Abstract: National treatment is an old trading concept, which has found its way into bilateral investment treaties and the investment chapter of free trade agreements. These treaties and agreements provide that a foreign investor or investment must be accorded treatment “no less favourable” than the treatment accorded to domestic comparators who are in “like circumstances”, but fail to defi ne or explain the terms “less favourable” or “like circumstances”. This has led to arbitration tribunals interpreting these terms in the exercise of considerable and mostly unguided discretion. Such exercise of discretion has resulted in a number of inconsistent and at times confl icting decisions, which adversely affect the effective operation of the international investment mechanisms. This article examines the approaches that different arbitral tribunals have adopted in the interpretation of “national treatment” and proceeds to examine how to improve the unsatisfactory situation. It argues that adherence to the precepts of the Rule of Law in the conduct of arbitration proceedings will lead to more consistent arbitration decisions.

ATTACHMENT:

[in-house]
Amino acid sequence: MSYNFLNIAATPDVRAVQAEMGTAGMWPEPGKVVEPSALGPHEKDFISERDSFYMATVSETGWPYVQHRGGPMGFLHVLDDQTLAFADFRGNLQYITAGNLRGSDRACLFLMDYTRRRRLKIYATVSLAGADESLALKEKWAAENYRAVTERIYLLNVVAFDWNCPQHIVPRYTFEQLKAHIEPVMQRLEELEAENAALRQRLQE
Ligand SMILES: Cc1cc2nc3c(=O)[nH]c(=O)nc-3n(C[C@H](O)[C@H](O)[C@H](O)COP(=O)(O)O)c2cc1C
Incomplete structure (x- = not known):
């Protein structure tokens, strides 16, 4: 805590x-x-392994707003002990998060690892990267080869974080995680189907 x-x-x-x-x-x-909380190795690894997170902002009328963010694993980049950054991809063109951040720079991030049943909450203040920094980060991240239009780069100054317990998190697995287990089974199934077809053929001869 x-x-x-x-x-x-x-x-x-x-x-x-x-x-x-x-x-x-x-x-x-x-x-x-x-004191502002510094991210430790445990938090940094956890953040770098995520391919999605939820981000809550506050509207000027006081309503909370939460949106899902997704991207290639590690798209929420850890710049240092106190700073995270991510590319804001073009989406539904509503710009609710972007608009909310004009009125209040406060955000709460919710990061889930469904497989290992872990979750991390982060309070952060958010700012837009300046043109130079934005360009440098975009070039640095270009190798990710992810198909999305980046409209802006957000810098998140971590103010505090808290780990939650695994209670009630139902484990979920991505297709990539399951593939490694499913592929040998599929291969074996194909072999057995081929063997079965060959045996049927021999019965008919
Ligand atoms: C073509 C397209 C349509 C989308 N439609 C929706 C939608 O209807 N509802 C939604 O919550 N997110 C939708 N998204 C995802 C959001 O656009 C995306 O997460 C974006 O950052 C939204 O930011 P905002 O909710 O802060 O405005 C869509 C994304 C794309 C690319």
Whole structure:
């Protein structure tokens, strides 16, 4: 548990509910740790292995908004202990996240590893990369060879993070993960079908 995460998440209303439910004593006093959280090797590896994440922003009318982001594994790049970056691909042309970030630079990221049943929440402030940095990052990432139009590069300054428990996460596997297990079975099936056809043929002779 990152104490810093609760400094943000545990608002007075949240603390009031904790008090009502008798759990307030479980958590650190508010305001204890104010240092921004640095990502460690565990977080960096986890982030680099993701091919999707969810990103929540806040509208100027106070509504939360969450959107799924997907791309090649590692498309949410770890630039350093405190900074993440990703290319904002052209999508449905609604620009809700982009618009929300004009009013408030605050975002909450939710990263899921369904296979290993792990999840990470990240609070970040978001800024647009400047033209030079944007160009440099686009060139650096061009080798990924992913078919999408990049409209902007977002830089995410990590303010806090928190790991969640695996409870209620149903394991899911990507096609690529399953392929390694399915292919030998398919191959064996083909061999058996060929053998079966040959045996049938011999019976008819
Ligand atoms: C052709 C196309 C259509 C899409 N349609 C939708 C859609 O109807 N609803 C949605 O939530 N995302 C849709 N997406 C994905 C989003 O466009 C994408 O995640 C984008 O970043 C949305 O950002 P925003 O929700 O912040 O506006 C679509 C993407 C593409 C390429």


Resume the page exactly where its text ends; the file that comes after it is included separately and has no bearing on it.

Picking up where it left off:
Keywords: national treatment; less favourable treatment; like circumstances; likeness; Rule of Law; discriminatory treatment; differential treatment; discretion; good faith; jus cogens
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